Enlightenment and Babies

I am thinking, my two week old daughter in my lap with a perfect latch to my nipple. All at once I am blogging, listening to the 'Morning Edition' at NPR, and I am a food/warmth/brain development source for my youngling. She makes little sounds which I repeat without thinking. She yawns and stretches, which I also repeat. I talk to her, I hold her close to me. These I can do without thinking. I also adjust her head, relatch her perfect little mouth when needed and squeeze her food source from time to time for more milk.

So what does this all mean for me? It has been two weeks plus few days since her birth. As I am healing from a very smooth breech cesarean, I am discovering certain things among them my new body and my new role in life.

I meditate in between nursing, sometimes I have exactly a minute sometimes less, sometimes I have to do it on the toilet. My little one is very attached to me. Not through the now encapsulated placenta we shared once (the one I am swallowing three times a day), but through the scent of my milk that entices her and the scent of her head and wrinkly parts that endlessly entice me.

I think about Buddha who left his children and wife to find enlightenment. Dalai Lama: single, Thich Nhat Hanh: also single, Ataturk: one failed marriage, no children, and Oprah: relationship but no children. As you may ponder how humble it is of me to compare myself to Buddha, Dalai Lama and Oprah in the same sentence, I am pondering this: will I ever get enlightened?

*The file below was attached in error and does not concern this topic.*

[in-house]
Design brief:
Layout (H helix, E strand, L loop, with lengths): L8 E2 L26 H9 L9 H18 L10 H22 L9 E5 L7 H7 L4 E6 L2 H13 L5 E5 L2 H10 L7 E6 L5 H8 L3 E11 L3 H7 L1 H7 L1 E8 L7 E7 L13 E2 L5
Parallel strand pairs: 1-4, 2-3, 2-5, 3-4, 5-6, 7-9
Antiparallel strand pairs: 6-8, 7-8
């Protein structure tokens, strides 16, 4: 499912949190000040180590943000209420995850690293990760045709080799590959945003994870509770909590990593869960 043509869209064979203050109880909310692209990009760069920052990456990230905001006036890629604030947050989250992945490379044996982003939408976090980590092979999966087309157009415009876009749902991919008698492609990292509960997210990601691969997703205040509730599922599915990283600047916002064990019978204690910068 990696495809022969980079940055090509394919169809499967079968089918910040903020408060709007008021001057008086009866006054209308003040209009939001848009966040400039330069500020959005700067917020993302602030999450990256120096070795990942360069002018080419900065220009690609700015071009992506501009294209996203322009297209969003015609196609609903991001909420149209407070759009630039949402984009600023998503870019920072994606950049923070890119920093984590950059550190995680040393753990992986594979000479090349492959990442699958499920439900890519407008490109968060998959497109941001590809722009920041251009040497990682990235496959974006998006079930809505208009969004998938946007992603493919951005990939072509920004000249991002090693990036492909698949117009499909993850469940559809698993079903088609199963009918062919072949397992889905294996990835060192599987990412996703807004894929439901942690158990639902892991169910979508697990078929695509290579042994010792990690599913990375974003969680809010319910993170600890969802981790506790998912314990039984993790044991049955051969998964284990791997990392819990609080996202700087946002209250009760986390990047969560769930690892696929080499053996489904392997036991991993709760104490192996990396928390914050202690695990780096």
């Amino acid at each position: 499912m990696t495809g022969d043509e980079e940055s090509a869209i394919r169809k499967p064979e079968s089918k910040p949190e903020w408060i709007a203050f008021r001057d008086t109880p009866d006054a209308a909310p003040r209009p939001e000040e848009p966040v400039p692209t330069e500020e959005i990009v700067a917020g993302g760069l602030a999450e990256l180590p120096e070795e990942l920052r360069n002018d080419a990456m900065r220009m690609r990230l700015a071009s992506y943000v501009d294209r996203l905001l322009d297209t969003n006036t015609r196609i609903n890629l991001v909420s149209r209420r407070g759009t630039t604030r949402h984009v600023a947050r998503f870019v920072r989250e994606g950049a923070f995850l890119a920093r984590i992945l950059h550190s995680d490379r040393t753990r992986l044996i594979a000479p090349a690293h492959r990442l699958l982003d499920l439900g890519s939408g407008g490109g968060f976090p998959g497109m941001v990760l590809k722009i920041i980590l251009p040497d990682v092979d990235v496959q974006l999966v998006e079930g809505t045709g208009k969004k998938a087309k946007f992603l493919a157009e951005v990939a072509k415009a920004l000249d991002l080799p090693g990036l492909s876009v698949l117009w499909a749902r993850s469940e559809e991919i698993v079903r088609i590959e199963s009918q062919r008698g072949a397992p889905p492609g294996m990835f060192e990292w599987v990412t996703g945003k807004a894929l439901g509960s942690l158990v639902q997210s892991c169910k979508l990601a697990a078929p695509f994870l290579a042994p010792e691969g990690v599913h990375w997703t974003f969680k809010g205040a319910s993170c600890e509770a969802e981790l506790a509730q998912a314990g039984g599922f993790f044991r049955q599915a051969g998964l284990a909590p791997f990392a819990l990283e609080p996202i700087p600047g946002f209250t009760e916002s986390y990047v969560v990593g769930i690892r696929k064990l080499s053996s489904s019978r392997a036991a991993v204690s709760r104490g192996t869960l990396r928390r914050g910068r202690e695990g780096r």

I once listened to a conversation with Dalai Lama's English translator Thupten Jinpa who is a buddhist scholar and former monk. As he traveled with Dalai Lama he admits that he had a hard time following the rigorous schedule of his holiness who starts his meditations at 3am every single day. Thupten sometimes would sleep till 6am and feel bad about it (!). He then explains how understanding Dalai Lama was of his not keeping up. When Thupten decided to leave monkhood to get married and have children, his Holiness encouraged him. When asked about comparing his married life with children to monkhood Thupten says both have their challenges except with having children you have endless opportunities to practice compassion, patience and experience suffering and love in a condensed day (or hour) and in a powerful way.

So I feel like life handed me lemons (Eda) instead of oranges (a monk's robe or a media empire). It may be sour, sometimes bitter but I sure will make my own lemonades :)



Anonymous said…
nice idea.. thanks for sharing.

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